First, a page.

A Tokyo ward has taken a major step toward realizing the dreams of Japan’s same-sex couples by proposing to issue certificates that recognize such relationships as “equivalent to marriage.”

Shibuya Ward pledged the measure as part of a draft statute Thursday to boost gender equality and strengthen human rights for sexual minorities.

The statute will be presented to the municipal assembly in early March. If passed, it will take force on April 1, with the certificates appearing sometime in fiscal 2015, said ward official Shigeru Saito.

Shibuya resident Koyuki Higashi, who is lesbian, said she was “over the moon” when she learned about the news.

An LGBT (lesbian, gay, bisexual and transgender) activist, Higashi said she and her partner would apply for a certificate as soon as they become available.

Same-sex marriage is not recognized in Japan and homosexual couples have long faced discrimination when seeking apartments. Individuals even face difficulty when visiting critically ill partners in hospitals on the grounds that they are not related.

Although not legally binding and still pending approval, the ward’s move could pressure landlords, hospitals and other businesses into treating same-sex couples on a par with their heterosexual counterparts, Saito said.

Ward residents 20 or older could apply. They will be required to complete a contract declaring that each would act as a guardian for the other. The certificates would be canceled if the couples break up.

There have been no moves toward legalizing same-sex marriage in Japan, where the Constitution identifies marriage as “based only on the mutual consent of both sexes.”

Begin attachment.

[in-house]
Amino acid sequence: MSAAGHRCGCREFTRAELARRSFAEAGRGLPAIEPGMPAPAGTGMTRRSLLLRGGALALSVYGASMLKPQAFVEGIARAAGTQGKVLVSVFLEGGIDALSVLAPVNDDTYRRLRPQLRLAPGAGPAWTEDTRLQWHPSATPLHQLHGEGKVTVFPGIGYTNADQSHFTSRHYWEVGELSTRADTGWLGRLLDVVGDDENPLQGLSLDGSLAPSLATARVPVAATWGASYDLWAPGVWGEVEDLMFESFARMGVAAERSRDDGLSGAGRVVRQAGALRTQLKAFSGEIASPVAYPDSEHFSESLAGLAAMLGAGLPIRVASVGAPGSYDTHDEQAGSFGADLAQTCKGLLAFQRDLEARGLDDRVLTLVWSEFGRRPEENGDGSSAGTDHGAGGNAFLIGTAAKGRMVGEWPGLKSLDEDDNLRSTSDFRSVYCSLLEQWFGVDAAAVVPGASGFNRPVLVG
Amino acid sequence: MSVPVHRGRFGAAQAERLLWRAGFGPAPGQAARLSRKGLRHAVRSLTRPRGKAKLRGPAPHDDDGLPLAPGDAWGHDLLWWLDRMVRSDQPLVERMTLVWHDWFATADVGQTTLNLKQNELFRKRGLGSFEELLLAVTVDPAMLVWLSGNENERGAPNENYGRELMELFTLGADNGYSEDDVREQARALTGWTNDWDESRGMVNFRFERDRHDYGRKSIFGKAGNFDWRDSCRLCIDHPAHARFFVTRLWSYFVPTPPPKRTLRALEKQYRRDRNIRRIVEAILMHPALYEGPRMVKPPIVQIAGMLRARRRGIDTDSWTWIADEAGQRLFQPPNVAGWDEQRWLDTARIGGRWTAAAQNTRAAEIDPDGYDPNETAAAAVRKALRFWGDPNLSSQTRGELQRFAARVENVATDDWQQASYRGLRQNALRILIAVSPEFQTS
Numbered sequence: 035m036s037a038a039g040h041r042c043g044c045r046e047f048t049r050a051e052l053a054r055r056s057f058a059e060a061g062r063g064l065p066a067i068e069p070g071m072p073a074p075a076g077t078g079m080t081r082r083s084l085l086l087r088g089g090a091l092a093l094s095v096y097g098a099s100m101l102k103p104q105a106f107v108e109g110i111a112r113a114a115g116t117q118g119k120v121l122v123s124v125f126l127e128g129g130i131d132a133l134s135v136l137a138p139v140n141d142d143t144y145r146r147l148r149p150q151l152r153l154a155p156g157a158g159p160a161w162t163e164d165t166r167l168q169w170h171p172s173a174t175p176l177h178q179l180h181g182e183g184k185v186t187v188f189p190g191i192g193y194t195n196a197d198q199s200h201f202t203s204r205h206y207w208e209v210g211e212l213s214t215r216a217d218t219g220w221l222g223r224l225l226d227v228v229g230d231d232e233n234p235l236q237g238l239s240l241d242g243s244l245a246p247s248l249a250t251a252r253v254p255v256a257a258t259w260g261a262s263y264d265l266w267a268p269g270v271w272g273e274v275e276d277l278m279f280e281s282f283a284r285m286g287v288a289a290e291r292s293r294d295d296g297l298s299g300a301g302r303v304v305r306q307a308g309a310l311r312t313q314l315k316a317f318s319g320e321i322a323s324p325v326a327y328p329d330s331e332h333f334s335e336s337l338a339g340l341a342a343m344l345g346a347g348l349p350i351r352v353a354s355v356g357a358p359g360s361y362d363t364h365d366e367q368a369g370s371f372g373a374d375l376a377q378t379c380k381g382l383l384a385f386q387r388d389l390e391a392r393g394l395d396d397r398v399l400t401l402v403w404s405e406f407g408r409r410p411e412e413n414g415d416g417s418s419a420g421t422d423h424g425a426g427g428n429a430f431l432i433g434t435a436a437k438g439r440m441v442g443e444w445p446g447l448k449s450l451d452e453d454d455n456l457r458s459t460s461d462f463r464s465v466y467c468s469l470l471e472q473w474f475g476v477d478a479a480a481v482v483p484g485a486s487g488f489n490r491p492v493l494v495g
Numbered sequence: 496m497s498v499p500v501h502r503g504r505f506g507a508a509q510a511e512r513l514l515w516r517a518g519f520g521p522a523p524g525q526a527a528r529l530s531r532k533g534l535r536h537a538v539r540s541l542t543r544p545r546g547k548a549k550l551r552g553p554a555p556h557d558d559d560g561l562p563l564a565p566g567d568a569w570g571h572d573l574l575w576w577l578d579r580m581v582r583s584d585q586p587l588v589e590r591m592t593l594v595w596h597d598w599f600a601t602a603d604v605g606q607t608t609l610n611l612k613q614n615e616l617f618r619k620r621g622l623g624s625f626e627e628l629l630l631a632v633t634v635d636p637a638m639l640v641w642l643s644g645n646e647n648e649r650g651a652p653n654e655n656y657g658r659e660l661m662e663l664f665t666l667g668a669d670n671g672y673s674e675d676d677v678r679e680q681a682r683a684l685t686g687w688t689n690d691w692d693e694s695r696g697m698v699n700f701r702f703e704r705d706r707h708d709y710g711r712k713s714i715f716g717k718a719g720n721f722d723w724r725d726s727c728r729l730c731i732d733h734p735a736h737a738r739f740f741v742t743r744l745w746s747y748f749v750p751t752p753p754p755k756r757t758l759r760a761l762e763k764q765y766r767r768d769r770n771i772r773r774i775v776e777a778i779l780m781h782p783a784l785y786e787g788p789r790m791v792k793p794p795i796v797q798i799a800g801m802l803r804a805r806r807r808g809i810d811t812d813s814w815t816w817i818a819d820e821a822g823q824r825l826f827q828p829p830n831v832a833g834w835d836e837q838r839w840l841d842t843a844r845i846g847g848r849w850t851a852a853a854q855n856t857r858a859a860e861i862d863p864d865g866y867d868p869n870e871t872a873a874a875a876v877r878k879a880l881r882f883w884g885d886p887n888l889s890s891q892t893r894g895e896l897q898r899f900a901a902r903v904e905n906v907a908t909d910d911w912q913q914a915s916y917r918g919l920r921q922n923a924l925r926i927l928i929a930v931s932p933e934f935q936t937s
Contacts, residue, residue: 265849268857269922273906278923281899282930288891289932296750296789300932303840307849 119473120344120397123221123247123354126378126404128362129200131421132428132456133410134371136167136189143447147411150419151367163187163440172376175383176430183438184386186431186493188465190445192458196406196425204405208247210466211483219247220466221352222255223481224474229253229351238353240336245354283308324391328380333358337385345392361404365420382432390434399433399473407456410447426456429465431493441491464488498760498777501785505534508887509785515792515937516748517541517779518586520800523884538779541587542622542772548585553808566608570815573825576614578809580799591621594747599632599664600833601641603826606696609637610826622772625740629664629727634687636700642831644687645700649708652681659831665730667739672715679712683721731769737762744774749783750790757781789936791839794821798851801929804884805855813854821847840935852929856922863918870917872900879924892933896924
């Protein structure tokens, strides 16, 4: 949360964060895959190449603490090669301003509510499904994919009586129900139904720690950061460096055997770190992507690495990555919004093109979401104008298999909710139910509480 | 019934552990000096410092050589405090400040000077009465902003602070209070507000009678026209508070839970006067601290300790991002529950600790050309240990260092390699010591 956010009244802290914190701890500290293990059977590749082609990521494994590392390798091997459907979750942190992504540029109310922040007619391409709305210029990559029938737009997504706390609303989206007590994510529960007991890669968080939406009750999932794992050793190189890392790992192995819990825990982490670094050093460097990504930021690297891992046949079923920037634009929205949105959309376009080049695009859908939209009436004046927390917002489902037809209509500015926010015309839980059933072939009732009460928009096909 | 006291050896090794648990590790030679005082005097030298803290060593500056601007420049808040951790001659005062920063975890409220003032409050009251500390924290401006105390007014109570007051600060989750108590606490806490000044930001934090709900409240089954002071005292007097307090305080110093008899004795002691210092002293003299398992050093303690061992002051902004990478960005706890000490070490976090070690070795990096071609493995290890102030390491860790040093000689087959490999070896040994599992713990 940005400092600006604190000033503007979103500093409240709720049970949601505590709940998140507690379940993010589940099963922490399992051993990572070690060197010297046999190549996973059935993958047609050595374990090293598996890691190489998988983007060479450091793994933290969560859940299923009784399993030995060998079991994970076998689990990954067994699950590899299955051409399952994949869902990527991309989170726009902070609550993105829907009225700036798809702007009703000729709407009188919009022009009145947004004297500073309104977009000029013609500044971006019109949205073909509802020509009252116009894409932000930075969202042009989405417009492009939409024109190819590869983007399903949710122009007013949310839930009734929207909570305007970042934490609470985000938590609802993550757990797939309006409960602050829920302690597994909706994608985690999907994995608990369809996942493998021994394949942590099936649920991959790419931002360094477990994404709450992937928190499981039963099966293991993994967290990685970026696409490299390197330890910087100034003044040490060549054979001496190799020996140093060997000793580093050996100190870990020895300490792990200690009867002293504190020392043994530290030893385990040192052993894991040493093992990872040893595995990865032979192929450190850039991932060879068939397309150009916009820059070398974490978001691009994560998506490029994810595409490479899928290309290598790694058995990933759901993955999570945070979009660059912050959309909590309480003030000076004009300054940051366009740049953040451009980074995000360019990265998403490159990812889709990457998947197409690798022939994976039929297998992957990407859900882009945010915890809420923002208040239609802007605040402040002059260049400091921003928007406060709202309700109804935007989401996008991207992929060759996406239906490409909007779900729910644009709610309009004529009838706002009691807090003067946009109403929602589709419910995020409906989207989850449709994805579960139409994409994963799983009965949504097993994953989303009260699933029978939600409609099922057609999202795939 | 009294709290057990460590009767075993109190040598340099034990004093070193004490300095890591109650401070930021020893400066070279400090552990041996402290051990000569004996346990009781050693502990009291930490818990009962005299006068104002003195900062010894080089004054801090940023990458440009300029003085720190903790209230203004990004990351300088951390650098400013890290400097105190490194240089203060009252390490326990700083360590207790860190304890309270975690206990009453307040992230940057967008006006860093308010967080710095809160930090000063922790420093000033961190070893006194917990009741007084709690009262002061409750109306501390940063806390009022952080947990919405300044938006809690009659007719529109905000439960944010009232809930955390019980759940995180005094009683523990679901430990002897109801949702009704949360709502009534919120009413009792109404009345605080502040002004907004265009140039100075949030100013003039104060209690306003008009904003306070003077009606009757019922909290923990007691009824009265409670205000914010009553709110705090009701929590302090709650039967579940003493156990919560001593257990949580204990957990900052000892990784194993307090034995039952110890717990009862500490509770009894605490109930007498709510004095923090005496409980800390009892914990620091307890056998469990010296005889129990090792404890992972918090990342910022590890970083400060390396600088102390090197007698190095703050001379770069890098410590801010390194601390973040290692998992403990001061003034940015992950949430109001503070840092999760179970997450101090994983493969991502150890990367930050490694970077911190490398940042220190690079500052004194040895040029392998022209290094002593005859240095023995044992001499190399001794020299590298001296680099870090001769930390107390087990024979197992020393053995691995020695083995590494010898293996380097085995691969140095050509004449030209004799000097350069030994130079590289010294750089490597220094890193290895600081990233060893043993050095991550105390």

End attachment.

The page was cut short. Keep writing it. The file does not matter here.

But as elsewhere around the world, there is considerable demand for recognition. A 2012 survey of 70,000 people by the Dentsu Innovation Institute found that 5.2 percent of people between 20 and 59 said they identify themselves as belonging to the LGBT community.

Openly gay politician Taiga Ishikawa, a former member of the Toshima Ward assembly, hailed Shibuya’s move as a major step forward.

“Cases overseas suggest that local municipalities’ move to grant same-sex couples more legitimate status sometimes affects national policies. So I’m very happy about it,” Ishikawa said.

Shibuya’s proposed initiative is further evidence that municipalities’ long-standing prejudice against LGBT residents is easing, he added.

“Local governments used to behave as if sexual minorities didn’t exist in their communities.”

That attitude seems to be changing. Since July, Yodogawa Ward in Osaka has been campaigning for greater awareness and empowerment of LGBT residents.

Tokyo’s Nakano Ward, home to many LGBT residents, is helping same-sex couples move into apartments with the cooperation of a private real estate agency.

Higashi, the LGBT activist, and her partner, Hiroko Masuhara, became the first same-sex couple to hold a wedding ceremony at the Tokyo Disney Resort in 2013, although the event lacked legal recognition.

“We’re virtually married. But without legal backup, it’s still very difficult to live in this society,” Higashi said.

“Prejudice remains deeply ingrained in Japanese society. But I hope this move will become the first step to turn Japan into a society more accepting of the idea of diversity.”

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